Could your pension be paying for Covid? 

As England reopens and we take baby steps towards the 'new normal', the question arises: who's going to pay for the Government's estimated £500 billion Covid bill?

Rumours abound that personal - and potentially, state - pensions are going to have to bear some of the burden, perhaps with reform of higher rate tax relief, a reduction in the lifetime allowance or the breaking of the triple lock all on the table for the next budget.

Whether these threats materialise is anyone's guess. But even if they do, they shouldn't affect your retirement saving goals. There are strategies you can implement NOW that mean your pension will be able to cope with whatever the chancellor can throw at it. 

Read more about it in our latest blog.

Crypto corner

The latest from the weird world of bitcoin and other cryptocurrencies.

If you've ever been told to, "have fun staying poor" because you're resisting the bitcoin bandwagon, read Why we shouldn't listen to Crypto Experts by Jemima Kelly in the FT. (Google the title if you don't have an FT login - you should be able to open the full article in search results).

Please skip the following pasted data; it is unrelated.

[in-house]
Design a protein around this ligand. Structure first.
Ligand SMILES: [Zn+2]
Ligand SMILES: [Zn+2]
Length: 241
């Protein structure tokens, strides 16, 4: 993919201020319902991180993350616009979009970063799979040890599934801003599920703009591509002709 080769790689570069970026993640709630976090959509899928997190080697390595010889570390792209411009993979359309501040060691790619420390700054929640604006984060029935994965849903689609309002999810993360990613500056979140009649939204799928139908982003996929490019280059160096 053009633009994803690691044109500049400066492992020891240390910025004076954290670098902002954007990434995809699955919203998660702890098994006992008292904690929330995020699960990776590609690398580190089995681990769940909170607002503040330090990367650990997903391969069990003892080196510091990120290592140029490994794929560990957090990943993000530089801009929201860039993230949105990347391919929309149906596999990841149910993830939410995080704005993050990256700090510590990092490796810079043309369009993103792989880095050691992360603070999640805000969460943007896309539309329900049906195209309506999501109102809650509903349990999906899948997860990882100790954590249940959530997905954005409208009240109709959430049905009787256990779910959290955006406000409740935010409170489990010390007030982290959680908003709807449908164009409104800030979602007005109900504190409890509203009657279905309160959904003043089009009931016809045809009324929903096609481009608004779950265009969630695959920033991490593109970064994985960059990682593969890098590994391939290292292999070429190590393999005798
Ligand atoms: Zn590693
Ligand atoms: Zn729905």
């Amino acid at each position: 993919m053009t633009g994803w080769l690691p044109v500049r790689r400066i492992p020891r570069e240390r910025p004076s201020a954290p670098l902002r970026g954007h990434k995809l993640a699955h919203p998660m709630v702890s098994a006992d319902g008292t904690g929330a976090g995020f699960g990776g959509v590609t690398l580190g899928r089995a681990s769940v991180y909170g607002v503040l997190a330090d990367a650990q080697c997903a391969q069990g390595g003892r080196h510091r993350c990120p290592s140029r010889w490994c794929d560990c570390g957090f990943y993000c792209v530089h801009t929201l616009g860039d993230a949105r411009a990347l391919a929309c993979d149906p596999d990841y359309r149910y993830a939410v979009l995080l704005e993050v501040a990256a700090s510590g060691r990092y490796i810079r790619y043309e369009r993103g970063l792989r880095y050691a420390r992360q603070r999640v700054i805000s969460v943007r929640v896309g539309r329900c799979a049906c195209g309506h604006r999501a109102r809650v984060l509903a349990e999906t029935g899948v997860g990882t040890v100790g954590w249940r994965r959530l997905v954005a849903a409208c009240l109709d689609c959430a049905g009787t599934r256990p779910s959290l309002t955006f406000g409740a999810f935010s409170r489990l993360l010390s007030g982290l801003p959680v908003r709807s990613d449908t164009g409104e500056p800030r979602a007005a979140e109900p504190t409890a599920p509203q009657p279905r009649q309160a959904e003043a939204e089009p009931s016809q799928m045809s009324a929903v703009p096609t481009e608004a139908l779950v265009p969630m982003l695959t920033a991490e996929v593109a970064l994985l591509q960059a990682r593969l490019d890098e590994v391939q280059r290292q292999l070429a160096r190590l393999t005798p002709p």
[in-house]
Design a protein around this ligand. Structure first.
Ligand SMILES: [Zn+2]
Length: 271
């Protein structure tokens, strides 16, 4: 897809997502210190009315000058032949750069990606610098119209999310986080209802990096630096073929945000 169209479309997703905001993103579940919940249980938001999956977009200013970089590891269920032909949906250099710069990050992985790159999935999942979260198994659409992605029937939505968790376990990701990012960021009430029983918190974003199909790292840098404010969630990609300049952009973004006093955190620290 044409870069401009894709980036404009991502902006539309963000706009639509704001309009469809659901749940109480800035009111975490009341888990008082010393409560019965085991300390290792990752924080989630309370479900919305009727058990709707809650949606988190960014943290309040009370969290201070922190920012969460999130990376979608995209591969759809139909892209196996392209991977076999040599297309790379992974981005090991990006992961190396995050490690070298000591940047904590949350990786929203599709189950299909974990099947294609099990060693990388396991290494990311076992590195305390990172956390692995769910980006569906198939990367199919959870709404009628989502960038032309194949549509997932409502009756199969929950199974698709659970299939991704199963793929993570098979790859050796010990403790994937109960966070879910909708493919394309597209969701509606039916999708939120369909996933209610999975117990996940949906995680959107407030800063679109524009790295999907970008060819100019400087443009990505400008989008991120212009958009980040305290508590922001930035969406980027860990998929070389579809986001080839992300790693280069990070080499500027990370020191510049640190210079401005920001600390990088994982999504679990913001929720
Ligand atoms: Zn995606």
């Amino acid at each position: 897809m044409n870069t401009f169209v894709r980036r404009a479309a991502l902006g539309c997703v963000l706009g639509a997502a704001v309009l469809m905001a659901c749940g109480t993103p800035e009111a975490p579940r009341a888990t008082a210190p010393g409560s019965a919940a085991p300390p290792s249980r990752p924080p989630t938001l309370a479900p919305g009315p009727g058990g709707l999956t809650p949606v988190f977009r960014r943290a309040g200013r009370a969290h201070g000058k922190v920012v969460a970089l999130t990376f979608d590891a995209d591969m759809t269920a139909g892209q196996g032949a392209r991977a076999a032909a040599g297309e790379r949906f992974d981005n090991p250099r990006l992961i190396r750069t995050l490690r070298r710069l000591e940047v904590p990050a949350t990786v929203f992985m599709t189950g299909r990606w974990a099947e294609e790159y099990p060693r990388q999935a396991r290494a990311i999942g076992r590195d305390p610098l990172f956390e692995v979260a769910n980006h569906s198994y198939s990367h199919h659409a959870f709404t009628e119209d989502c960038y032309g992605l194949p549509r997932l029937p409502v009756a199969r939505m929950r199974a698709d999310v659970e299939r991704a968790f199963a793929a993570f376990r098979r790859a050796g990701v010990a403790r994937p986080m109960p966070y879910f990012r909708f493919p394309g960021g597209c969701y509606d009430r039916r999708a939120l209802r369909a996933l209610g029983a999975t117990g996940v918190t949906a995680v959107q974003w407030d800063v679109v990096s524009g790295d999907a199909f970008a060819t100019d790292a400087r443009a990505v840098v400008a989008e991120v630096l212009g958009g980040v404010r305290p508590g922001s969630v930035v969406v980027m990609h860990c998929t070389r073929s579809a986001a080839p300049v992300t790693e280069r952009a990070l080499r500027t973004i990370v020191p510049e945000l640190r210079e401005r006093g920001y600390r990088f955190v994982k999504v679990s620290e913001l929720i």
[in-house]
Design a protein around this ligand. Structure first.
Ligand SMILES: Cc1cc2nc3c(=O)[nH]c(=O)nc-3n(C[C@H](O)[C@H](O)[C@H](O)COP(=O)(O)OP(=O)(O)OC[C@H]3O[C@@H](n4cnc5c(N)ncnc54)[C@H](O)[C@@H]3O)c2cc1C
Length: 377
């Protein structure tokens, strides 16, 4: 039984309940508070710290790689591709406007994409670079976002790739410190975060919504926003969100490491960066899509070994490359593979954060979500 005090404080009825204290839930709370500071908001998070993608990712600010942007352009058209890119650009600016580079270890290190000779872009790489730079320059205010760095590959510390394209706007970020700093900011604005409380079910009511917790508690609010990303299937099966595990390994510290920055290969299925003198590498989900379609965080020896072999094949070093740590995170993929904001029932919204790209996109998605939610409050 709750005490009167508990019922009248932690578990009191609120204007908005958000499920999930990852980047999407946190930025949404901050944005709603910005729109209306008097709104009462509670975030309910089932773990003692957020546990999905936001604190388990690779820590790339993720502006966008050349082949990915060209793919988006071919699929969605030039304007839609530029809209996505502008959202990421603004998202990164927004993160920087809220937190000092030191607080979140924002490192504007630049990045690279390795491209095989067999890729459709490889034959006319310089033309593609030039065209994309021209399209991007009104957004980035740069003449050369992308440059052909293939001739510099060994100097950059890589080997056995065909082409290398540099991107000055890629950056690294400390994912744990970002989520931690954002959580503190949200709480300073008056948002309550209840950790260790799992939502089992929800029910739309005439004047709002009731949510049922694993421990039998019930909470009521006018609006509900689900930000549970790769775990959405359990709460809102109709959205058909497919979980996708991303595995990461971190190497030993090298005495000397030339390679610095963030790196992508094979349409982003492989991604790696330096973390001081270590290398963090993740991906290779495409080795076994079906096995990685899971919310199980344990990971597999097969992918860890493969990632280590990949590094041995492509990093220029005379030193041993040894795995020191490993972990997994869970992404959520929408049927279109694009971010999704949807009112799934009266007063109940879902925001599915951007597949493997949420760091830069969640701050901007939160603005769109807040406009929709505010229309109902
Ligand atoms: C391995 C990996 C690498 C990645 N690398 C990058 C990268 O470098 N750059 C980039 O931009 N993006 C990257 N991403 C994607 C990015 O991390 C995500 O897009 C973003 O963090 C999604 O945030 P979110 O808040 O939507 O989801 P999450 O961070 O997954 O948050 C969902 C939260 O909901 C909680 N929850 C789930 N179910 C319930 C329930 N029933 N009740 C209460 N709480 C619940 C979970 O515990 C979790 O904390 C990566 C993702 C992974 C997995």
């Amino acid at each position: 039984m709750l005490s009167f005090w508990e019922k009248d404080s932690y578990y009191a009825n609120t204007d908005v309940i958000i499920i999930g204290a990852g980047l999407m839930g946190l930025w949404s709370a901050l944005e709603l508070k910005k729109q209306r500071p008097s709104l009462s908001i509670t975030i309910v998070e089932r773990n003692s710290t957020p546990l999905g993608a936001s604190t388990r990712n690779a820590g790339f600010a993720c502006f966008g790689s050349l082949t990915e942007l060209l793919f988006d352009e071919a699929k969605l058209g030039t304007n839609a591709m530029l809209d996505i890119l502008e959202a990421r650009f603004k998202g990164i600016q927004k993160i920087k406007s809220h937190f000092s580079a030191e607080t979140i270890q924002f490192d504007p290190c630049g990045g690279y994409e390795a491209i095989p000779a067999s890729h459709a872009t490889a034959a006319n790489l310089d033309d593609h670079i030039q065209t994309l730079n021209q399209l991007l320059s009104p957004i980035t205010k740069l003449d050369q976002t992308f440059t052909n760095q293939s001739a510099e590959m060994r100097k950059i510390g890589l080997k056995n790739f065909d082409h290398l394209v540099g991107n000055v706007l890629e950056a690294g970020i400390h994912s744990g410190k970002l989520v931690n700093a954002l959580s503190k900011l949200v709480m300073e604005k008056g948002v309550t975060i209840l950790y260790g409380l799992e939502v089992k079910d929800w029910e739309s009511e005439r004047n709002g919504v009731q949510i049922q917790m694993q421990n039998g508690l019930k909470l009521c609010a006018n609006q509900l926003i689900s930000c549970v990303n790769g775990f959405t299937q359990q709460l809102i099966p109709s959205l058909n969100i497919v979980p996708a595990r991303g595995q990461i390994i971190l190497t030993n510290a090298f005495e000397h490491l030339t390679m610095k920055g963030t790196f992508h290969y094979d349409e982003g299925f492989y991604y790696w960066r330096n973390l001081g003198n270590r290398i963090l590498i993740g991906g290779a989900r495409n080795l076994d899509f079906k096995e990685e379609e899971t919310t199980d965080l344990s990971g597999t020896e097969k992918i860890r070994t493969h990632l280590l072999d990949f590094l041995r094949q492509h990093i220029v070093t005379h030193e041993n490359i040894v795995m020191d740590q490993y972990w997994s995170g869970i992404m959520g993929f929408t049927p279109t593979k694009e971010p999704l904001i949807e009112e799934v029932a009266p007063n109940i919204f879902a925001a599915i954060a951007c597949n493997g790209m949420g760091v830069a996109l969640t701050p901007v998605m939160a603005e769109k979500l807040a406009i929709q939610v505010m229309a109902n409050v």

Bitcoin scam ads on social media have been using celebrities as endorsers without their knowledge. One retired teacher lost £125,000 in one such scam. It infuriated Money Saving Expert Martin Lewis, who's long railed against scams featuring his image.
The Financial Conduct Authority has got involved, ruling that Binance, the world's largest cryptocurrency exchange, cannot conduct regulated activity in the UK - although as Binance is not UK-based, it will have little effect on its service. 

If you think we're banging on about BItcoin a lot lately (this is the third - or is it the fourth? - month we've covered the subject), it's because cryptocurrency trading combines an extreme version of the worst aspects of active investing (gambling) combined with the potential for very dodgy illegal activity - hence the big red flag from the FCA. As a responsible financial planning firm, there's zero chance we'd recommend you go anywhere near it.